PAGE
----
# Differentiating between a square wave or sawtooth wave with a circuit…?

I want to build a simple sensor that takes a 100 kHz square or sawtooth wave with a known amplitude and outputs a high if it receives a square wave or a low for sawtooth.

I'm pretty sure this requires some sort of comparator, but I'm not sure how to approach this problem myself. Could anyone outline some sort of approach? (I'd like to figure out the details).

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what's the output when the input is neither, e.g. a sine wave? –  JustJeff Sep 29 '11 at 2:41
Are all signal levels at or above ground? You do mean sawtooth (falls faster than rises) and not triangle.? –  Russell McMahon Sep 29 '11 at 7:24
sort of related: stackoverflow.com/questions/1141342/… –  endolith Sep 30 '11 at 21:52

If the frequency for both waves is going to be 100 kHz with the same amplitude, you could construct a narrow bandpass filter at 200 kHz to put the signal through. In theory a pure squarewave should only have odd harmonics, so there should not be much output at the second harmonic frequency. On the other hand, a sawtooth wave has booth even and odd harmonics, so you will get a greater output. The peak amplitude for the second harmonic of a sawtooth wave will simply be $\frac{2A}{\pi}$, where A is the peak amplitude of the input sawtooth. If wish you can then follow up the output of the bandpass filter with a peak detector and some kind of comparator.

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Such a bandpass filter would need to have steep sides in order to get any useful data out of it. Something with a slope of 12dB/octave would be a good start. 3dB/octave would not adequately filter out the fundamental. –  user3624 Sep 29 '11 at 15:24
It might be adequate if you ran a comparison of the filter output to its input. –  Chris Stratton Oct 6 '11 at 17:49

An outline of a solution: Maybe run it through a differentiator. The derivative of a square wave will be alternating positive-going and negative-going spikes, whereas the derivative of a sawtooth should be more or less constant at a low value in one polarity during the rampy bits, with periodic larger valued spikes in the opposite polarity when the sawtooth resets. So then HPF that to get rid of the constant low-values you get from the sawtooth ramps, and look to see whether you're getting spikes of both polarities, or just a single polarity.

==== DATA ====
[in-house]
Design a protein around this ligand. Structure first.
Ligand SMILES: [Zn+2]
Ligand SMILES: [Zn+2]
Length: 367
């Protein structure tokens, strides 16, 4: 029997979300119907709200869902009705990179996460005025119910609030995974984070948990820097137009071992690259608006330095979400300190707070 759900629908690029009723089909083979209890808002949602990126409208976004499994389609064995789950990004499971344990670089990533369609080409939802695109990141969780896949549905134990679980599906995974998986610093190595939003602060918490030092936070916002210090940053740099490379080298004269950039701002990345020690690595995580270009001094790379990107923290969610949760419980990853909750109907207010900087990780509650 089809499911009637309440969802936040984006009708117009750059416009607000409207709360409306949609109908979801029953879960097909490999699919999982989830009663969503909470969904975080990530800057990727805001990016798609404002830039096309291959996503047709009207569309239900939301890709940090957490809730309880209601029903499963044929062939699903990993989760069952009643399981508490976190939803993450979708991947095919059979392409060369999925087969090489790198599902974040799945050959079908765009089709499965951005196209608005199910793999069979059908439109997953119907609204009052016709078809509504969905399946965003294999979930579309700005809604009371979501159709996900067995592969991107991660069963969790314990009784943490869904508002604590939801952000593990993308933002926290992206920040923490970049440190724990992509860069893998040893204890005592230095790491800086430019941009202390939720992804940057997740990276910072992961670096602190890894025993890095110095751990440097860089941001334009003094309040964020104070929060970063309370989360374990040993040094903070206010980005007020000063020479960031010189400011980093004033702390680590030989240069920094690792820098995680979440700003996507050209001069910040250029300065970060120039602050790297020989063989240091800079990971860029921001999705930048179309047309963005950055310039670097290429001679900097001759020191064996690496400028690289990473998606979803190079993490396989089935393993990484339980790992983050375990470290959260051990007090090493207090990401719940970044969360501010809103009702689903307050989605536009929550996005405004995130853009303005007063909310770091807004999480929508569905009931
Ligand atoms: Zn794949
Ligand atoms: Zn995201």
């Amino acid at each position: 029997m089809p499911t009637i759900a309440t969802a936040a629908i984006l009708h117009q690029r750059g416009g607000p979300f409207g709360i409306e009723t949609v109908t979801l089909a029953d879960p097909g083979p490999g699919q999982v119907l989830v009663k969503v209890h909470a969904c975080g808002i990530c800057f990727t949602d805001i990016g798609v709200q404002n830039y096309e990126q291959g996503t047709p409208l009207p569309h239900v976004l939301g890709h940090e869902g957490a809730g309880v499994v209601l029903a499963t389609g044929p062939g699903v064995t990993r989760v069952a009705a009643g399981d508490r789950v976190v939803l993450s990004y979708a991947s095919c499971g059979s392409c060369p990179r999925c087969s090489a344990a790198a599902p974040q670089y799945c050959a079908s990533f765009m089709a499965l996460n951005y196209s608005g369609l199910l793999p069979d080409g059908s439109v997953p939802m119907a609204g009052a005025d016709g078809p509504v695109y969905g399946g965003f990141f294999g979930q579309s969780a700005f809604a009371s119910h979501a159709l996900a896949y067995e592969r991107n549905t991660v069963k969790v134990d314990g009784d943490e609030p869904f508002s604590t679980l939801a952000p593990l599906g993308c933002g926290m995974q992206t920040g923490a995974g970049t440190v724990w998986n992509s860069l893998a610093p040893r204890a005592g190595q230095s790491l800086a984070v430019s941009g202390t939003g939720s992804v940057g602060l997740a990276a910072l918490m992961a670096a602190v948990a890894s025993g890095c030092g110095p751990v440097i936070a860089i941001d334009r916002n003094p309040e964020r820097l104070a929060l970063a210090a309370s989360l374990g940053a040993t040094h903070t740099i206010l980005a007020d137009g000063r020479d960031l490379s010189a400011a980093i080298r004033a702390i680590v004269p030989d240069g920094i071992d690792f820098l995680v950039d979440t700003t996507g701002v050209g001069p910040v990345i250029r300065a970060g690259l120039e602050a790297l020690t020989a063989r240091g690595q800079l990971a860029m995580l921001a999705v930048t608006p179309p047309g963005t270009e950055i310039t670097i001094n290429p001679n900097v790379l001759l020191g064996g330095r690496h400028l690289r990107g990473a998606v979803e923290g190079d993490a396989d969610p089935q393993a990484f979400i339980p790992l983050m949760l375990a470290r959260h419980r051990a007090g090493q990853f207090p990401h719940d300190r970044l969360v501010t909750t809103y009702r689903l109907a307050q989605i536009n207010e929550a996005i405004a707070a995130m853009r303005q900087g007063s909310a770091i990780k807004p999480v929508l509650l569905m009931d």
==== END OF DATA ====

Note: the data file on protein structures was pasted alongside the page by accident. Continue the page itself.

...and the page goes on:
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There is no one "right" answer for this, since it really depends on the ability of the person designing the circuit to build it correctly. Some approaches are more difficult than others.

Since I have a background in audio, I would use an audio based approach. I would rely on something called the "crest factor". The crest factor is, basically, the difference between the RMS and the Peak level. So if you made two "VU Meters", one that measured the peak value and another that measured the RMS value and compared the difference then you could fairly accurately tell the difference between a square wave and a sawtooth.

For a square wave, the RMS and Peak levels will be identical. For a triangle wave the RMS level will be 4.77 dB lower than the peak. A sawtooth wave will be similar to a triangle wave, but I don't have the exact number handy.

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You can easily detect some simple waveforms by detecting the flanks of the signal. A square has quick rising and falling flanks, a sawtooth has only quick rising or quick falling flanks, depending on the signal.

So you check for rising and falling flanks: if you detect both, it is square. If you detect only one type, it is triangle, as long as you are sure only these signals will be input.

Try with a differentiator circuit, which is easily done with an opamp. See here: http://www.physics.iitm.ac.in/courses_files/courses/eleclab03_odd/mathematical_operations.htm

The steepness of the flank is represented in the output of the differentiator.

Feed this signal and its inversion into Schmitt-Triggers and / or retriggerable monoflops, and you have logic level representation of RisingFlank and FallingFlank, which in turn you can use for further computation or display.

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If one passes a square wave or sawtooth wave through a high-pass filter whose cutoff frequency is far above the fundamental of the original wave, the output will either be an alternating sequence of positive and negative pulses (for a square wave), or else will only have pulses in one direction (for a sawtooth).

See this circuit.

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